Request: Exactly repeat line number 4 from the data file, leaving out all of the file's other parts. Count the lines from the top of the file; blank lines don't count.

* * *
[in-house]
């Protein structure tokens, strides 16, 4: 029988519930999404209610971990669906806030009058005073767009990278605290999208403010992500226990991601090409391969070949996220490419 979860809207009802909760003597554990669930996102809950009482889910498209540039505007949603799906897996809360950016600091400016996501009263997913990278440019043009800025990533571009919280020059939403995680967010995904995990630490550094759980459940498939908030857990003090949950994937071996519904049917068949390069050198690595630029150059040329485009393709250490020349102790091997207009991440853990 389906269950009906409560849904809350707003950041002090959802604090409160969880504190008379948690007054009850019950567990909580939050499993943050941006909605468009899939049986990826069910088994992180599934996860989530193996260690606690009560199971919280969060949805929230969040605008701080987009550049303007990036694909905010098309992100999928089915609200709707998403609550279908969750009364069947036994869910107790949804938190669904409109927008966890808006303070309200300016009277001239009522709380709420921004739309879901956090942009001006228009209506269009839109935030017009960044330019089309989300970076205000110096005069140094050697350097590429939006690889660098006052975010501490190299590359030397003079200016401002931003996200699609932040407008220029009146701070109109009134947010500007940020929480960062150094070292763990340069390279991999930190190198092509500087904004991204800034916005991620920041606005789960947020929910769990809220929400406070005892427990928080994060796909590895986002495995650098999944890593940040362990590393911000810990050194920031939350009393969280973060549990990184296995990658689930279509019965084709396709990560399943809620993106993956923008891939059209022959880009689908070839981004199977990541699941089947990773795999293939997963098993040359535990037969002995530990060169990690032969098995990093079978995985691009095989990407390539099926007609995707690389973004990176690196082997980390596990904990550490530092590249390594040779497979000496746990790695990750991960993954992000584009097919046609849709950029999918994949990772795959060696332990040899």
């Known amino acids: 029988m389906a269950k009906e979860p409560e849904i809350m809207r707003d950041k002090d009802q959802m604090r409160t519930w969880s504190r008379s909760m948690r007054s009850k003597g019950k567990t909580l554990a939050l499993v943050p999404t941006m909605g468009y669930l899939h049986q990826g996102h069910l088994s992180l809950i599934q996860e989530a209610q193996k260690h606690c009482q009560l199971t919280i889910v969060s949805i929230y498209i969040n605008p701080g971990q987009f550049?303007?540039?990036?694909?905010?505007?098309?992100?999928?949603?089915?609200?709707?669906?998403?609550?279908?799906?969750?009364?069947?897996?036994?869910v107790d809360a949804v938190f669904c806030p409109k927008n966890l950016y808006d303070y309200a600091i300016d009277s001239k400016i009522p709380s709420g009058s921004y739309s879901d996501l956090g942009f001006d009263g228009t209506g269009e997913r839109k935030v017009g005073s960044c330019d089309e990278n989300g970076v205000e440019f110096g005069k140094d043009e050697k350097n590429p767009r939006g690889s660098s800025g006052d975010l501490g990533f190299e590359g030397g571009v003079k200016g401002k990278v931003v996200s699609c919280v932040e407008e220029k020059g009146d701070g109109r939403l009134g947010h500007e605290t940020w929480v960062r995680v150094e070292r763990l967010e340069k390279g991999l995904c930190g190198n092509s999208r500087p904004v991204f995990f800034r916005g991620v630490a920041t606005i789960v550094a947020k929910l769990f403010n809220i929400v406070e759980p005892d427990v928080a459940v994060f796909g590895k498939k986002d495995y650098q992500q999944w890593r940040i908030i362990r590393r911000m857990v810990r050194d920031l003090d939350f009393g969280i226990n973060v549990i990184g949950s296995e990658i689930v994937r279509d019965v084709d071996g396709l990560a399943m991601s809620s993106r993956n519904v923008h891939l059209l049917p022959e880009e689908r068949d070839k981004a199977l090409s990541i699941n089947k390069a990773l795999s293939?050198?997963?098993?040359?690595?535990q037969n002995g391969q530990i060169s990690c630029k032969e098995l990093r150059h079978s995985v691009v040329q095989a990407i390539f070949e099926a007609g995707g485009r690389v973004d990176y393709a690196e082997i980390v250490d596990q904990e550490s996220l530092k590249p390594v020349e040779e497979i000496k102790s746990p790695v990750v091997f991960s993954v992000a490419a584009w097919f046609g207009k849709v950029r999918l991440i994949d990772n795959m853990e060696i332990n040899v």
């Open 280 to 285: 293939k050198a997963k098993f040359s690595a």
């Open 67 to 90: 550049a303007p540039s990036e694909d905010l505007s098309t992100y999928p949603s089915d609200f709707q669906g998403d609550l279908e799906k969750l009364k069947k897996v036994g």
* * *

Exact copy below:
């Open 280 to 285: 293939k050198a997963k098993f040359s690595a």